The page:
Nurturing your teen spirits means empowering, supporting, and uplifting the next generation. (Desiree Panlilio).


Parenting can be a challenging and rewarding experience. It is a long-term job with many ups and downs, but the rewards are countless. One of the most important aspects of parenting is providing emotional support to your teen. However, doing so without being overbearing or telling your teen how to feel and act can be tricky. Here are some practical tips to help you provide emotional support to your teen without being overbearing.

It’s important to understand that emotions are complex and unique to each individual. What works for one person may not work for another. As a parent, it’s essential to recognize and respect your teen’s emotions without trying to control or change them. One way to do this is to listen actively without judgment. By actively listening, you can understand your teen’s emotions and perspective, which can help you provide better support.

Another way to provide emotional support to your teen is to validate their feelings. Validation means acknowledging and accepting your teen’s emotions without necessarily agreeing with them. It lets your teen know that their feelings are valid and important. For instance, you can say, “I can understand why you feel frustrated” or “I see that you’re upset about this situation.”

Be empathetic, which means putting yourself in your teen’s shoes and imagining how they’re feeling. Empathy can help you connect with your teen on a deeper level and understand their emotions better. You can say something like, “That must be really difficult for you” or “I’m sorry you’re going through this.”

As a parent, it’s natural to want to fix your teen’s problems or make them feel better. However, it’s essential to let your teen take the lead when it comes to their emotions. Encouraging them to come up with solutions and coping strategies on their own can help them develop their problem-solving skills and increase their sense of self-efficacy.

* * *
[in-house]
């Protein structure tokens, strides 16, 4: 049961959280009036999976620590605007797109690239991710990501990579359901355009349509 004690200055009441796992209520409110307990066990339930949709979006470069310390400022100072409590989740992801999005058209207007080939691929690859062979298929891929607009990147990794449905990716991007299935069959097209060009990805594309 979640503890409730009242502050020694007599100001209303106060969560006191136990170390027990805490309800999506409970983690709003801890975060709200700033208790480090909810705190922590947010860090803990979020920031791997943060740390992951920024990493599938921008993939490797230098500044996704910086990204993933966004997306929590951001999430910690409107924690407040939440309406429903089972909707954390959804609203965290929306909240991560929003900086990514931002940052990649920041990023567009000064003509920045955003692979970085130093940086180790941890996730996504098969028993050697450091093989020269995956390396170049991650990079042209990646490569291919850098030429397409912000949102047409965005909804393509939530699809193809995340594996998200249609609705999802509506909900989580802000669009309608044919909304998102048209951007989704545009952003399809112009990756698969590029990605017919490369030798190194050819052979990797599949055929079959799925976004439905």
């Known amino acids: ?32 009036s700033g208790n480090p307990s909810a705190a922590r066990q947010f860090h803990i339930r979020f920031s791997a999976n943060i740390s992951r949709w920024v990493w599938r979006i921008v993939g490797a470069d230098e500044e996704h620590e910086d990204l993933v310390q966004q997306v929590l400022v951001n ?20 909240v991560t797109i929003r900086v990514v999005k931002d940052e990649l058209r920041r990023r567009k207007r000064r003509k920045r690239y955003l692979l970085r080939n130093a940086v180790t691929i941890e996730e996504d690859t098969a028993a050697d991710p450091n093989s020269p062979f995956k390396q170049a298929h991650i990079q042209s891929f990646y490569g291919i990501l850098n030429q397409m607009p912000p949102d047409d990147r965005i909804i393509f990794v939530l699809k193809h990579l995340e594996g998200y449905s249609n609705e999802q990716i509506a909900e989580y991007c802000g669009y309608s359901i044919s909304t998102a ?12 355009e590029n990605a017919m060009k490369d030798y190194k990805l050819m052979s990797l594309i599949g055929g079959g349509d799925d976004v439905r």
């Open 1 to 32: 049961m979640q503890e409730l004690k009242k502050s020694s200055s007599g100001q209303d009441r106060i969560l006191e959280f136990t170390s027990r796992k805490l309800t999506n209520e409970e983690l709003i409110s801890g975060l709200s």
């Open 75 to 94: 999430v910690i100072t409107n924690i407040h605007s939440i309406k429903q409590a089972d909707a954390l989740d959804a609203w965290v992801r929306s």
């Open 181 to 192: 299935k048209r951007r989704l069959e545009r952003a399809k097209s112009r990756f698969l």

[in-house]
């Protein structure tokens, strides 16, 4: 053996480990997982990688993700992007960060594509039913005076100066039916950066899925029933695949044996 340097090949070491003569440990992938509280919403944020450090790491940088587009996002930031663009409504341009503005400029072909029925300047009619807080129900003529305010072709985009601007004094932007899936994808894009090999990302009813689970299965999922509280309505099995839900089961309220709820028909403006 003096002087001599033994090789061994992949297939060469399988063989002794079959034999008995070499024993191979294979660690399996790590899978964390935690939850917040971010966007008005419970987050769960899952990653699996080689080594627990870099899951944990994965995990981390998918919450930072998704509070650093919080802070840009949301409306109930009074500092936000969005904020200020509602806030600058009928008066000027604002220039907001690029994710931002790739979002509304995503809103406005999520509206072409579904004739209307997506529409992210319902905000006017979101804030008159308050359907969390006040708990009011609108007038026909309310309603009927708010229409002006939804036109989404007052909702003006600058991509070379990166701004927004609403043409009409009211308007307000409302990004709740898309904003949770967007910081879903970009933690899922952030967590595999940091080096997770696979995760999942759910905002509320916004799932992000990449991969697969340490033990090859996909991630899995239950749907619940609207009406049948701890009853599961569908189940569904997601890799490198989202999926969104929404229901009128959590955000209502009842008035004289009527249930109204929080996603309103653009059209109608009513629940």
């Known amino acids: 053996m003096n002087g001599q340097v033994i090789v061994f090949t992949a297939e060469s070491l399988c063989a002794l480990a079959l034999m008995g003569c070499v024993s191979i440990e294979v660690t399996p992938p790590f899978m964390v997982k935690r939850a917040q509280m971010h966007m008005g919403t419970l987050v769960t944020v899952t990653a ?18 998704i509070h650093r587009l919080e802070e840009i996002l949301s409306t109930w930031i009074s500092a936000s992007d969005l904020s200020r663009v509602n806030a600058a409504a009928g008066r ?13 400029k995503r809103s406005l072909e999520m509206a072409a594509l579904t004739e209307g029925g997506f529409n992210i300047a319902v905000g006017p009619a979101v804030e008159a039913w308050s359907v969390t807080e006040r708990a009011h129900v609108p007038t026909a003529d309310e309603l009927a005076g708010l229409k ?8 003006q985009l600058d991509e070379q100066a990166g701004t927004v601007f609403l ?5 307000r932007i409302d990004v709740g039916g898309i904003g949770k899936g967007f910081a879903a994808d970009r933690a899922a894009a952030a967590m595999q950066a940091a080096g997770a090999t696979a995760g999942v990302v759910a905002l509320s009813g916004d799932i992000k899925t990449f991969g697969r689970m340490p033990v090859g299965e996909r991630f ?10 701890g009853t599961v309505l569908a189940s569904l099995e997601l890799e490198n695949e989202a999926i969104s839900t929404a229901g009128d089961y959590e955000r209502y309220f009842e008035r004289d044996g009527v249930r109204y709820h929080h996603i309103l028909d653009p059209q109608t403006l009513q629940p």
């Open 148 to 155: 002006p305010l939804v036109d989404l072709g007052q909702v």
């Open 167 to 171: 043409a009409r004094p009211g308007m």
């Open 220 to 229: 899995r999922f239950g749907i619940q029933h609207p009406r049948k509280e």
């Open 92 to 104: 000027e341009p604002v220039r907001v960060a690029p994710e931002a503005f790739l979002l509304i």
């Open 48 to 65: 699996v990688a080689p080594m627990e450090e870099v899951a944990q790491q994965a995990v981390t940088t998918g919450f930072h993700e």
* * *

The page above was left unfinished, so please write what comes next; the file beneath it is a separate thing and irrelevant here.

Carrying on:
When providing emotional support to your teen, it’s important to be mindful of your language and tone. Using a gentle and supportive tone can help your teen feel safe and comfortable opening up to you. On the other hand, if you are using a critical or judgmental tone your teen may feel attacked or defensive, which leads to your teen not talking to you and sharing how they are feeling and what is going on in their life.

Lastly, it’s essential to take care of yourself as a parent. Providing emotional support to your teen can be emotionally taxing and draining. It’s important to prioritize your own well-being and seek support when you need it. Self-care activities such as exercise, meditation, or talking to a friend can help you recharge and be better equipped to support your teen emotionally. It is important to have a village where you as a parent can find support and humor as you go through this season of your life. After all, it takes a village to raise our children into healthy, well-adjusted young adults who are able to navigate and succeed in the world.